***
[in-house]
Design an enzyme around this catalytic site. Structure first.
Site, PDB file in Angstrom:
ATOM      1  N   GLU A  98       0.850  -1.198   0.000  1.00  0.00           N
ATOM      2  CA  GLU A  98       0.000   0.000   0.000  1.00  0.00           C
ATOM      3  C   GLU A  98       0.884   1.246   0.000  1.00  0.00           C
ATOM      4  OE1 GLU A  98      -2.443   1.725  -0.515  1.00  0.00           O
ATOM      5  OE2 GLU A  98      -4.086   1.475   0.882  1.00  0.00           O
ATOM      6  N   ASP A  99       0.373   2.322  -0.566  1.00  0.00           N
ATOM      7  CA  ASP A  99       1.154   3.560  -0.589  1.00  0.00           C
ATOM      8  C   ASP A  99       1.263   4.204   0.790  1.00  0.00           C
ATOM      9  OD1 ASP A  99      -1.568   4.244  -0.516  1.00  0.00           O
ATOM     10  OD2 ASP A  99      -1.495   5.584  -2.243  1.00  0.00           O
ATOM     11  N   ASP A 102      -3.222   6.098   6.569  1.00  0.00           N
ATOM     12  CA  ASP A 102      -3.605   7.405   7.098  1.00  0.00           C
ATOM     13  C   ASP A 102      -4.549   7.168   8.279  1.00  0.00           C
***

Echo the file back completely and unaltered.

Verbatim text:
[in-house]
Design an enzyme around this catalytic site. Structure first.
Site, PDB file in Angstrom:
ATOM      1  N   GLU A  98       0.850  -1.198   0.000  1.00  0.00           N
ATOM      2  CA  GLU A  98       0.000   0.000   0.000  1.00  0.00           C
ATOM      3  C   GLU A  98       0.884   1.246   0.000  1.00  0.00           C
ATOM      4  OE1 GLU A  98      -2.443   1.725  -0.515  1.00  0.00           O
ATOM      5  OE2 GLU A  98      -4.086   1.475   0.882  1.00  0.00           O
ATOM      6  N   ASP A  99       0.373   2.322  -0.566  1.00  0.00           N
ATOM      7  CA  ASP A  99       1.154   3.560  -0.589  1.00  0.00           C
ATOM      8  C   ASP A  99       1.263   4.204   0.790  1.00  0.00           C
ATOM      9  OD1 ASP A  99      -1.568   4.244  -0.516  1.00  0.00           O
ATOM     10  OD2 ASP A  99      -1.495   5.584  -2.243  1.00  0.00           O
ATOM     11  N   ASP A 102      -3.222   6.098   6.569  1.00  0.00           N
ATOM     12  CA  ASP A 102      -3.605   7.405   7.098  1.00  0.00           C
ATOM     13  C   ASP A 102      -4.549   7.168   8.279  1.00  0.00           C